I had a great time in New Mexico, hanging out with my crazy friends:
We checked out the paintings of Z.Z. Wei at the Blue Rain Gallery across town in Santa Fe:
I dig those trucks. He has a kind of Maynard Dixon meets Ed Mell esthetic.
Thom Ross dissed Z.Z. Wei, but he's a cranky, old crank. For proof, I must mention he got kicked out of the lobby of the motel adjacent to the Bobcat Bite for looking, well, like this:
We can't figure out why they kicked him out. He looks totally Santa Fe to my eye. "I'm sorry, sir, but you are going to have to wait somewhere else." Why? Because he looks too much like the locals?
We spent some quality time looking at this view, solving life and talking trash about all our history-minded friends.
Returned home today.
I landed in Phoenix at two and walked through the chaotic maze of Sky Harbor, Terminal 4 walkways and down the long escalator to the lower level and then out the north door to catch a Preflight Courtesy Van.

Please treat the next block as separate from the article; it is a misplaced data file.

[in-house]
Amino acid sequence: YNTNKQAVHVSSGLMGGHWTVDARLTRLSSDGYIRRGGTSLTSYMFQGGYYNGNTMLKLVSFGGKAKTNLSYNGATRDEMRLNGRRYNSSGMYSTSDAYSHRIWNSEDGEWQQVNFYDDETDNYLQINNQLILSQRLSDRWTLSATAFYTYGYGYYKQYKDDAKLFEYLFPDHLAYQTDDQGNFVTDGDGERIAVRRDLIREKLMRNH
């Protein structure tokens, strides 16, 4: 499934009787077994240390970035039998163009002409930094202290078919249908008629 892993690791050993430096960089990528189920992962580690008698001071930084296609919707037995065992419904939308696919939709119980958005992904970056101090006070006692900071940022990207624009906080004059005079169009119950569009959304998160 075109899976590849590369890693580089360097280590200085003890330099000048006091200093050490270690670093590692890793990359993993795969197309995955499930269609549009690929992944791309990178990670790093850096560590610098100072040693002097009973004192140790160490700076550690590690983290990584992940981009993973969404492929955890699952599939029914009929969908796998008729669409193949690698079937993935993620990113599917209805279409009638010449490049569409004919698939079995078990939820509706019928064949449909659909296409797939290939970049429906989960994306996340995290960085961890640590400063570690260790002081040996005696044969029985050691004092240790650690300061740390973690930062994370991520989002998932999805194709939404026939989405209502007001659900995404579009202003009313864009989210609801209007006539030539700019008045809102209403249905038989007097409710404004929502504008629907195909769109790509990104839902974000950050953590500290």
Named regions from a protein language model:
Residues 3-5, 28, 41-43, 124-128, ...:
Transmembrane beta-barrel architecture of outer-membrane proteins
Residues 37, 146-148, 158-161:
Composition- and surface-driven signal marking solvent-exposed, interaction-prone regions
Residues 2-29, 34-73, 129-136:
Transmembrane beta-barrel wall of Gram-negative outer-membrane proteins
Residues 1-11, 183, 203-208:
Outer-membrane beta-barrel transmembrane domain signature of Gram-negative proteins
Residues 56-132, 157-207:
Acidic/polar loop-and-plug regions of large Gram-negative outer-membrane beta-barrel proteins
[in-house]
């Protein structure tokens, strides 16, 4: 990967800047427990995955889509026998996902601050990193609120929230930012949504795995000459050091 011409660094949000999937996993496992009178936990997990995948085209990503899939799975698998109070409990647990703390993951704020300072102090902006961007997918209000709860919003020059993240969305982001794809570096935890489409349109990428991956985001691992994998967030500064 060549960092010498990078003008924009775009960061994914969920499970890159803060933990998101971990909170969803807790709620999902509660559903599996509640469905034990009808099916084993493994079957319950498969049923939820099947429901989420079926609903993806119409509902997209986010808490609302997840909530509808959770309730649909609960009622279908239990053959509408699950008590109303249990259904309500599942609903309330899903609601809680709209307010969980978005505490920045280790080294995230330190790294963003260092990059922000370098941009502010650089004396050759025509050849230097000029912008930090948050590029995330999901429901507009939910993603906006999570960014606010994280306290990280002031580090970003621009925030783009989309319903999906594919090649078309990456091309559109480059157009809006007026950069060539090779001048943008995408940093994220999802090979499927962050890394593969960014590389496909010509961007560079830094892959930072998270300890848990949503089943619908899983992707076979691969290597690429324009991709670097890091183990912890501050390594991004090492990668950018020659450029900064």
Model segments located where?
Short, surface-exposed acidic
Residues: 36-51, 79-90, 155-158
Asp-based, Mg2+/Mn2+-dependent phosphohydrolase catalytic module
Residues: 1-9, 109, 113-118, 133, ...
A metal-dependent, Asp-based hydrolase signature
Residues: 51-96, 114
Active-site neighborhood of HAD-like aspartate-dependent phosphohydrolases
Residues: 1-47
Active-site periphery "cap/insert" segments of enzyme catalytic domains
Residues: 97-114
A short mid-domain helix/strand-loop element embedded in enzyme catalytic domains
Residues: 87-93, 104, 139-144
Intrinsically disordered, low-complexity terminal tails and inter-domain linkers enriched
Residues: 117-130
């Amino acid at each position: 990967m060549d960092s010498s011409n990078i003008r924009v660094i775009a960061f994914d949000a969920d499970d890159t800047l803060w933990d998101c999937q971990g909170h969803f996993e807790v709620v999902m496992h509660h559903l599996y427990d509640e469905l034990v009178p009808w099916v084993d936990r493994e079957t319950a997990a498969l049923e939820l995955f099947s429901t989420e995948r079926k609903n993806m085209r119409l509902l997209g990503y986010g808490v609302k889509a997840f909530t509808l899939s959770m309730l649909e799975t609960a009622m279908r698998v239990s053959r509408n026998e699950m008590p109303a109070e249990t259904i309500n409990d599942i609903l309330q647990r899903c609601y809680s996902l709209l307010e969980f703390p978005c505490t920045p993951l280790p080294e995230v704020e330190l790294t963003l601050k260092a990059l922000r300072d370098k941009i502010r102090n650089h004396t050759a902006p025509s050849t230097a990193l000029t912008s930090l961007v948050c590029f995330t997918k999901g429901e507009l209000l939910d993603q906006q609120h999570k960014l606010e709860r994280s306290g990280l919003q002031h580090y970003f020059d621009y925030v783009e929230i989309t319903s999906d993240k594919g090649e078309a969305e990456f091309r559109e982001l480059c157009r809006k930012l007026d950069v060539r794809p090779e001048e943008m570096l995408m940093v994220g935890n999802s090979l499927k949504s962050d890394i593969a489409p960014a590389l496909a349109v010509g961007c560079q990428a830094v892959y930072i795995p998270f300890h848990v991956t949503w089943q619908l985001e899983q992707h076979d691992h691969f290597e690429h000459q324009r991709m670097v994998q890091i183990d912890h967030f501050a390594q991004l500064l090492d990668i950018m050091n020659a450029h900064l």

I waited at the pick-up zone for a couple minutes, until a Preflight van pulled up, empty. I was the only one who got on and as I hauled my carry-on down the aisle to the back, I heard a familiar, demonic laugh. As I turned and sat down, the driver took off and over the van speaker system I was serenaded for almost the entire trip to the garage where my Flex was parked by the instrumental song that almost brought me down.
You know, THIS demonic laugh.
It seemed like a movie soundtrack with me all by myself, riding along in that big, ol' lumbering van with the classic drum solos of the original "Wipeout" by the Surfaris punctuating my near-death experience thoughts.
The energetic drum solo was done by Ron Wilson of the Surfaris and the demonic laugh at the beginning of the song was created when one of the band member's father broke a surfboard near the microphone and the band's manager Dale Smalin, did a "maniacal laugh" followed by the words "Wipe Out." In my estimation, none of the other covers of the drum solo ever captured the crisp, driving beat of the original, including Ron Wilson, who later re-recorded it! A magic moment trapped in vinyl, indeed. Wilson, ironically died before his 45th birthday.
I ultimately had to smile.
I'm still here.
"History doesn't repeat itself, but it does rhyme."
—Mark Twain, attributed, although Hutton scoffs at it